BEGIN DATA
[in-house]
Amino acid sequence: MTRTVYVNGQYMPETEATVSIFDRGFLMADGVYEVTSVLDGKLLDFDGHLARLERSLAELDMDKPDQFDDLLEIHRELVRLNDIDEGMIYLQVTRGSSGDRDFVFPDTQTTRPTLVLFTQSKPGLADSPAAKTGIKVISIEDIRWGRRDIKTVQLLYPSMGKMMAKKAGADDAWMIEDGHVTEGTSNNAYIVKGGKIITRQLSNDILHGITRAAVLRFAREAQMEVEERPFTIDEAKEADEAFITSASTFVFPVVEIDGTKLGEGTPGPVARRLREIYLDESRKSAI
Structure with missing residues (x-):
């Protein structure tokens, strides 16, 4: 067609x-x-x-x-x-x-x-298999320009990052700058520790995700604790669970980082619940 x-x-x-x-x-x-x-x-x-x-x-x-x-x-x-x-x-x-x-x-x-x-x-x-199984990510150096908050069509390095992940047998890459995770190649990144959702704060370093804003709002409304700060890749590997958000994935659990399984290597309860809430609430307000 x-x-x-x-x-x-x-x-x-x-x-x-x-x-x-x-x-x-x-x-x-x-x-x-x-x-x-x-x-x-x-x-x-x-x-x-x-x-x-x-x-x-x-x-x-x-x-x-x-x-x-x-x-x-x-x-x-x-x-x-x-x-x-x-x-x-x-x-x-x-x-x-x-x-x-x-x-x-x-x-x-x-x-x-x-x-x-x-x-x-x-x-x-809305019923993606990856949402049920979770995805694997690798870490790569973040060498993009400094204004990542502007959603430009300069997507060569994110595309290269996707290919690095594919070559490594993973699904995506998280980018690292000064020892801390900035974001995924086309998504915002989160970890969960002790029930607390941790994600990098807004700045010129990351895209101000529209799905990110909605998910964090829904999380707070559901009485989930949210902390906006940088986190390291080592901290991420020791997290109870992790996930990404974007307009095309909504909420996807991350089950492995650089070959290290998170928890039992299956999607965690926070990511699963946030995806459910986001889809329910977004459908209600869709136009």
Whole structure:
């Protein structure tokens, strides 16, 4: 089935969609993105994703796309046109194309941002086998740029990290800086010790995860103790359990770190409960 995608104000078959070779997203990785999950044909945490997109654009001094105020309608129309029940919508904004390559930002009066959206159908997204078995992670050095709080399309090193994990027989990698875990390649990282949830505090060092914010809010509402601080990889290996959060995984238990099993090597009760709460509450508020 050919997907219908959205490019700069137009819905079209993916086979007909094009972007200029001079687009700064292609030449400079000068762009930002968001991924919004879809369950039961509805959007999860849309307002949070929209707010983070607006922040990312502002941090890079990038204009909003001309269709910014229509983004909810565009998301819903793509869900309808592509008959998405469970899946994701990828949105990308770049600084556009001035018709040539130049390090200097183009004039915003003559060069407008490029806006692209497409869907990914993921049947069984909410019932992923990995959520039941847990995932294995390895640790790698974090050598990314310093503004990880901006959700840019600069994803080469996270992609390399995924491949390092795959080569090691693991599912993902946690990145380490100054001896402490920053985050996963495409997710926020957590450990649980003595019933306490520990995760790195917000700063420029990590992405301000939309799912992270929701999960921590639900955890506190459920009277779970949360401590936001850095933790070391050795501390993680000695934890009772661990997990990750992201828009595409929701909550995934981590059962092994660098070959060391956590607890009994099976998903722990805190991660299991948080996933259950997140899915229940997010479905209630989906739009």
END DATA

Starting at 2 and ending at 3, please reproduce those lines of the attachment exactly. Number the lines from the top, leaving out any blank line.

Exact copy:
Amino acid sequence: MTRTVYVNGQYMPETEATVSIFDRGFLMADGVYEVTSVLDGKLLDFDGHLARLERSLAELDMDKPDQFDDLLEIHRELVRLNDIDEGMIYLQVTRGSSGDRDFVFPDTQTTRPTLVLFTQSKPGLADSPAAKTGIKVISIEDIRWGRRDIKTVQLLYPSMGKMMAKKAGADDAWMIEDGHVTEGTSNNAYIVKGGKIITRQLSNDILHGITRAAVLRFAREAQMEVEERPFTIDEAKEADEAFITSASTFVFPVVEIDGTKLGEGTPGPVARRLREIYLDESRKSAI
Structure with missing residues (x-):